4.       The Crimea was historically the resort area of the Soviet Union, Russia’s version of Southern Florida.  The city of Sochi was originally conceived as a replica of the Crimean resort city of Yalta, where Russia’s rich had been vacationing since pre-revolutionary times.  The last Tsar had his vacation home there, a beautiful palace at Livadia that was later the venue for the 1945 Yalta conference between the USA, UK, and USSR to discuss post-war arrangements.  Olya and I visited in October and flew into the airport that is now occupied by Russian troops.

5.       The unrest started because Yanukovich opted out of an almost-completed agreement to seek integration with the European Union in favor of an “easy money” agreement with Russia.  The EU integration would have been just as harsh for Ukraine as it was for other Eastern European states (Romania, Bulgaria, etc.), involving painful fiscal reform, austerity measures, administrative reforms, etc.  Many people believe that Yanukovich would have eventually ratified the EU agreement – but only after winning his next regularly scheduled election in 2015.

6.       Point 7 in the Russia summary above is actually true – funding of home-grown nationalist movements in former Soviet states has been a staple of Western intelligence strategy since the breakup of the USSR.  I discussed this in some detail with an intelligence operative while watching the Gold Medal hockey match in Moscow last week.  See “The New Cold War” by Mark McKinnon.

7.       I have debated with Russians quite intensely whether this is ethical or not.  I have proposed that If the West does not fund and train grass-roots movements such as the one that materialized in Maidan Square, then nobody will. My contention is that we are encouraging local populations to take an active role in their government, a pioneering and enlightening approach among the traditionally passive electorates of the former Soviet Union.  My interlocutors have suggested that the West uses its wealth to encourage unrest and uprising in any context; people will always complain when given a chance, regardless of whether the regime is restrictive/corrupt or not.  They point out that the Orange Revolution of 2004 brought nothing good to the people of Ukraine and simply intensified corruption.  I have countered that at least the corrupt Yuschenko regime relinquished power when defeated in the free/fair elections of 2010.  The Yanukovich regime appeared to have no intention of doing so, using police to pressure the opposition, putting Timoshenko in prison, and limiting press freedoms.  Yanukovich even appeared to be grooming his son for a position of power or perhaps the presidency in the future.  As always, the truth is probably somewhere in between….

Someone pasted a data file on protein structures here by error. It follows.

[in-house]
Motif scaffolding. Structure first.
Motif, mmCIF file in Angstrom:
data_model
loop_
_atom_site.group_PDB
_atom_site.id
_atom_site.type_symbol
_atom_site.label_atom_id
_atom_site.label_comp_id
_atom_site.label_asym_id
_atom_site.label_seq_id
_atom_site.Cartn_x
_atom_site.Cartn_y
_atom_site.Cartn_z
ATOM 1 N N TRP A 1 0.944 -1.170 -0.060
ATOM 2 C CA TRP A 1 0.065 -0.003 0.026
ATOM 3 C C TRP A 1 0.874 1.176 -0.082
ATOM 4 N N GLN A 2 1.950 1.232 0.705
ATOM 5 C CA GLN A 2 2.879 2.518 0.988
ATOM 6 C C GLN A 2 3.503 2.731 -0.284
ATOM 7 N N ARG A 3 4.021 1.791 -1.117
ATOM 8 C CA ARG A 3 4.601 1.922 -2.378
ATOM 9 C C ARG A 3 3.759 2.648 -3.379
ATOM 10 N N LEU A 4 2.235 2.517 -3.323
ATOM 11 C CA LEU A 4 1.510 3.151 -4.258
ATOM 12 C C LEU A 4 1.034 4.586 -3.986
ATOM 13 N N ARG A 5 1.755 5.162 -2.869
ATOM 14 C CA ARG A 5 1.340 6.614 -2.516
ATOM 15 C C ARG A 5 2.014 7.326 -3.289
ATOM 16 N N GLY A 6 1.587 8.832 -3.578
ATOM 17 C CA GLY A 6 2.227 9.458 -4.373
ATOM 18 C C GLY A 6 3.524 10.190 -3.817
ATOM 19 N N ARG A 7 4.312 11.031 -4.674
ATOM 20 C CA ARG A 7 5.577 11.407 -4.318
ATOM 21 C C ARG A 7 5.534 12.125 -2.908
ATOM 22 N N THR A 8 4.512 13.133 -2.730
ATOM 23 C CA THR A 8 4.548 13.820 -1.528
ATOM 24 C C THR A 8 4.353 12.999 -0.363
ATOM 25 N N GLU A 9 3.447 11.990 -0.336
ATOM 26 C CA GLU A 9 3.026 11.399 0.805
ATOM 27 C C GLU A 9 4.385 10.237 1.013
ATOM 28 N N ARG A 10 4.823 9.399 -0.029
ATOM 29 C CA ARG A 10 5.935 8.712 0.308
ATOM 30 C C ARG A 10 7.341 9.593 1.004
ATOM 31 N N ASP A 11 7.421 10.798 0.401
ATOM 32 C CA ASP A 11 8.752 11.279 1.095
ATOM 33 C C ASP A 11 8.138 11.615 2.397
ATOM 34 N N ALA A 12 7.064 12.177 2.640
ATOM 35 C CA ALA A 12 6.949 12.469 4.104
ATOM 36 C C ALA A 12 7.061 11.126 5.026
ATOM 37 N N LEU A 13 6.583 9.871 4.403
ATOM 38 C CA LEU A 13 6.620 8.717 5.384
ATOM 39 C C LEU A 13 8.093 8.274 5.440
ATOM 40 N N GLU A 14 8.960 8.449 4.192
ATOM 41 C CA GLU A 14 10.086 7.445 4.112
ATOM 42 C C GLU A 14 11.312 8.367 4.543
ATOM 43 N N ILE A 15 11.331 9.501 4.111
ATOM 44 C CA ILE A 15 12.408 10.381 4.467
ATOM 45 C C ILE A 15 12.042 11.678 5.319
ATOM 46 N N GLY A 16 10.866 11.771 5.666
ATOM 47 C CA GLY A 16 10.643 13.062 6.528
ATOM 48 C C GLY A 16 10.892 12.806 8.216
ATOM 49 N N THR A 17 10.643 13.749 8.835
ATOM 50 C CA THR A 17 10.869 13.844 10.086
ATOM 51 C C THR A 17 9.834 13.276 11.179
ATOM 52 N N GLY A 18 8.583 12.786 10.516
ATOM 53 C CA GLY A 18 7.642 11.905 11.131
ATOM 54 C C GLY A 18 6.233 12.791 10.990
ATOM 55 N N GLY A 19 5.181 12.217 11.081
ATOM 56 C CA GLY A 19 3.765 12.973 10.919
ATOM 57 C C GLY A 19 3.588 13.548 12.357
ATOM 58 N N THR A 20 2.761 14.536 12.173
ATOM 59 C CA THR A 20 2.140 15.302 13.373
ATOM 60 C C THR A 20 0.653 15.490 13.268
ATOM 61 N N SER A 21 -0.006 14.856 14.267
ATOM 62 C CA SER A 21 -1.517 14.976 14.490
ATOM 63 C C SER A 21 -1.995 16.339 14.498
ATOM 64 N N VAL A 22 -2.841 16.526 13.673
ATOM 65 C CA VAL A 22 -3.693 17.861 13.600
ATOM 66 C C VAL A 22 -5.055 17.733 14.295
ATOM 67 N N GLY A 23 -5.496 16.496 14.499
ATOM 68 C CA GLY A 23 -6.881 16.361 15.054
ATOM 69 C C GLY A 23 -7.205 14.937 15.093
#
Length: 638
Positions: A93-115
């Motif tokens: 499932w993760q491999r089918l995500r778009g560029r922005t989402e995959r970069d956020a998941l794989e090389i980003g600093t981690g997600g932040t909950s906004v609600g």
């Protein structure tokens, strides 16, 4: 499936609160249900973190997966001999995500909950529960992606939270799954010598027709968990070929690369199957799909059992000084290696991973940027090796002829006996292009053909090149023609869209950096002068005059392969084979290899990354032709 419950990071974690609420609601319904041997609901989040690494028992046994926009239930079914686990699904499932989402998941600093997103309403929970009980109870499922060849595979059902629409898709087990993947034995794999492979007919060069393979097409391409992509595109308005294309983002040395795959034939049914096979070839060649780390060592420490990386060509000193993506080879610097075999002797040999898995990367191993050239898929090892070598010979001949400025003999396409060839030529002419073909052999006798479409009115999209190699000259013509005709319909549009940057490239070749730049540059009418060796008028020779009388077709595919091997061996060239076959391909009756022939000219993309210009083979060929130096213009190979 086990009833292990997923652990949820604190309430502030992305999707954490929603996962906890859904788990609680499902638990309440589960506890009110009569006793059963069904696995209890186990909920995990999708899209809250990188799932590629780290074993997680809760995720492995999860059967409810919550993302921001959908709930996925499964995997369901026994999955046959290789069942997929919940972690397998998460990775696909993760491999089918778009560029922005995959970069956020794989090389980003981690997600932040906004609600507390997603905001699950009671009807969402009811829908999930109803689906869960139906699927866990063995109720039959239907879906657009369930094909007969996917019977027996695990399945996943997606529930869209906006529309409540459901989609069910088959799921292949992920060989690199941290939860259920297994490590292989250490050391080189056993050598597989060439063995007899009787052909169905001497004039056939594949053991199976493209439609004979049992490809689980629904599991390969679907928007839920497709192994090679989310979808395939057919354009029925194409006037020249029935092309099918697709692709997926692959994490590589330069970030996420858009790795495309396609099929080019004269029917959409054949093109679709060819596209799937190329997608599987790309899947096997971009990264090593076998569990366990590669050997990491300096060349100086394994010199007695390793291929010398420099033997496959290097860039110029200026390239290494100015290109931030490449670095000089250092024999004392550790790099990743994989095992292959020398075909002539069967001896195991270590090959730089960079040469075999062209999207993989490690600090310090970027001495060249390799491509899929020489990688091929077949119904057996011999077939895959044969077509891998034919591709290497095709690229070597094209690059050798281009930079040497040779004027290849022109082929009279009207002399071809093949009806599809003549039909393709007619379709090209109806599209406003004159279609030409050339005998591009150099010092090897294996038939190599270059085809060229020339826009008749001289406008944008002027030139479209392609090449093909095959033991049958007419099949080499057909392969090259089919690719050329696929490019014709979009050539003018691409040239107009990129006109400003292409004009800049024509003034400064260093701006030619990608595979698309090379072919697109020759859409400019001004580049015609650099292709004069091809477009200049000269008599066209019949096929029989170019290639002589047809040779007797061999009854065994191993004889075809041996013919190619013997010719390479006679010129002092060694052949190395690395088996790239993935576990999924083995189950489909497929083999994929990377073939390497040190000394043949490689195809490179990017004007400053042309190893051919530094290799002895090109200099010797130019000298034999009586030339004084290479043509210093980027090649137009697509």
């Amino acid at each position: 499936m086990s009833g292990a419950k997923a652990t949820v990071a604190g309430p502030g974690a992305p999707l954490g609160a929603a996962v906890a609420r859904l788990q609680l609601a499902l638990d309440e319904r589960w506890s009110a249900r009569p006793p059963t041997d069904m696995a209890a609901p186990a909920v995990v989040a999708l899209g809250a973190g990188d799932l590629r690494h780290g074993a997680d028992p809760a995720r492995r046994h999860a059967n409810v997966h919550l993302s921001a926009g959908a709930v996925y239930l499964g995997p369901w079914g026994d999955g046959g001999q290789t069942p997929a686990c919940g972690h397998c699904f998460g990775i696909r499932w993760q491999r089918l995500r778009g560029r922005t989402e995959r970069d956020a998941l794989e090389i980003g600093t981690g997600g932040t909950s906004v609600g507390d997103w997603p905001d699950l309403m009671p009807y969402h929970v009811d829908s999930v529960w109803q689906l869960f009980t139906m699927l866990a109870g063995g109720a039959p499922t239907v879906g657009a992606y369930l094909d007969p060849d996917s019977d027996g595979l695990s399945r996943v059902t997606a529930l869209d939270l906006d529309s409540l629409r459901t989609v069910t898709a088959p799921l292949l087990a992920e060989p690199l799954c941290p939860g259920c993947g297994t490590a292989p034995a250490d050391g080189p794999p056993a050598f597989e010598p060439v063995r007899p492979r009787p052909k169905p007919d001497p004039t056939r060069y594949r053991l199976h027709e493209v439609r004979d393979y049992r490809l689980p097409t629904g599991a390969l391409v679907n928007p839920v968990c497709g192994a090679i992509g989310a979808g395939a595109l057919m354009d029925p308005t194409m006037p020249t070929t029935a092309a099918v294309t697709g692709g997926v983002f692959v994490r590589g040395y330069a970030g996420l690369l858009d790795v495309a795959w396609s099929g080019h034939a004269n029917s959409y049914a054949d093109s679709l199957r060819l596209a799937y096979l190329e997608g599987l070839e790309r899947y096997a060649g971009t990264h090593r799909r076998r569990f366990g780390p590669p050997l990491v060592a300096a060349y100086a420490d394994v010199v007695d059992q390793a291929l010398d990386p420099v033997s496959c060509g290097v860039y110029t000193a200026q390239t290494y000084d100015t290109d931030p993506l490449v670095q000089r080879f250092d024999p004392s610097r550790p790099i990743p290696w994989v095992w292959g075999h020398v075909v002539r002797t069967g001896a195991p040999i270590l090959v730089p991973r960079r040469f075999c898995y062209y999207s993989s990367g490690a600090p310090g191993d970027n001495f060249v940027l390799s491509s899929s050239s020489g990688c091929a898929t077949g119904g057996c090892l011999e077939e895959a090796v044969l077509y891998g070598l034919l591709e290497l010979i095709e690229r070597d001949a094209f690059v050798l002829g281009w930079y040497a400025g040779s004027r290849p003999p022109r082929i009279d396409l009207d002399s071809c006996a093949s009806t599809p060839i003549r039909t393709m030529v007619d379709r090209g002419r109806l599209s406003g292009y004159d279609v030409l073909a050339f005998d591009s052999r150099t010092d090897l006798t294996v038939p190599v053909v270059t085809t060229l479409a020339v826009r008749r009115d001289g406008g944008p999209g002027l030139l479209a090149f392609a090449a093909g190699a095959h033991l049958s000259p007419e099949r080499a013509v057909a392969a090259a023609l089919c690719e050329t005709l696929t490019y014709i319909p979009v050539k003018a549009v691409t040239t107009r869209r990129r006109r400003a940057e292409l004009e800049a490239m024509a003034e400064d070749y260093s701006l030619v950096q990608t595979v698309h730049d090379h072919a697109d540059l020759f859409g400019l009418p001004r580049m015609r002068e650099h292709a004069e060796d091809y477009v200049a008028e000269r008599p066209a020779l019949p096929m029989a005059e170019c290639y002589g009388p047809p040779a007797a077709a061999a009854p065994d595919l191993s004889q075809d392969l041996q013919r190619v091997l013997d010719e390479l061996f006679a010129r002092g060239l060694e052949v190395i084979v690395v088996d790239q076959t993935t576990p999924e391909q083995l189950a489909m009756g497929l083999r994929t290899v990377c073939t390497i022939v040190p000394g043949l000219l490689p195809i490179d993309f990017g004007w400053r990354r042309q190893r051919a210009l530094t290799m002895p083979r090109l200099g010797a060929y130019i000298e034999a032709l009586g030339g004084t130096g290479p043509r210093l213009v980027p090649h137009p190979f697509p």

8.       Russia has done itself no favors by sending troops to the Crimean.  The fallout will be significant in the world political arena and threatens Russian leadership of the G8 summit this year as well as their very membership in the G8.  It may also negatively affect the pro-Russia block’s standing in the May 25 elections that have been called.


At the end of day, this is not a black-and-white issue.  Both sides have been guilty of extremist rhetoric and/or actions that have exacerbated the situation when they should have been calming the other side.  After the ouster of Yanukovich, the new government might have found acceptance and legitimacy from both West and East if they had exercised caution and diplomacy rather than making controversial (and therefore destabilizing) moves, such as:

  • Including extremists in the new government at ministerial positions.
  • Repealing the law allowing Russian to be used as a second official language if certain regions (oblasts) prefer this.
  • Hinting at repudiation of the 2010 Treaty of Kharkiv confirming Russia’s right to hold navy bases in the Crimean.  Over the weekend a letter signed by 3 ex-Presidents of Ukraine recommended this, though one of them has since denied he intended that.
  • Making statements about Ukrainian membership in NATO (most recently from the General Secretary of NATO).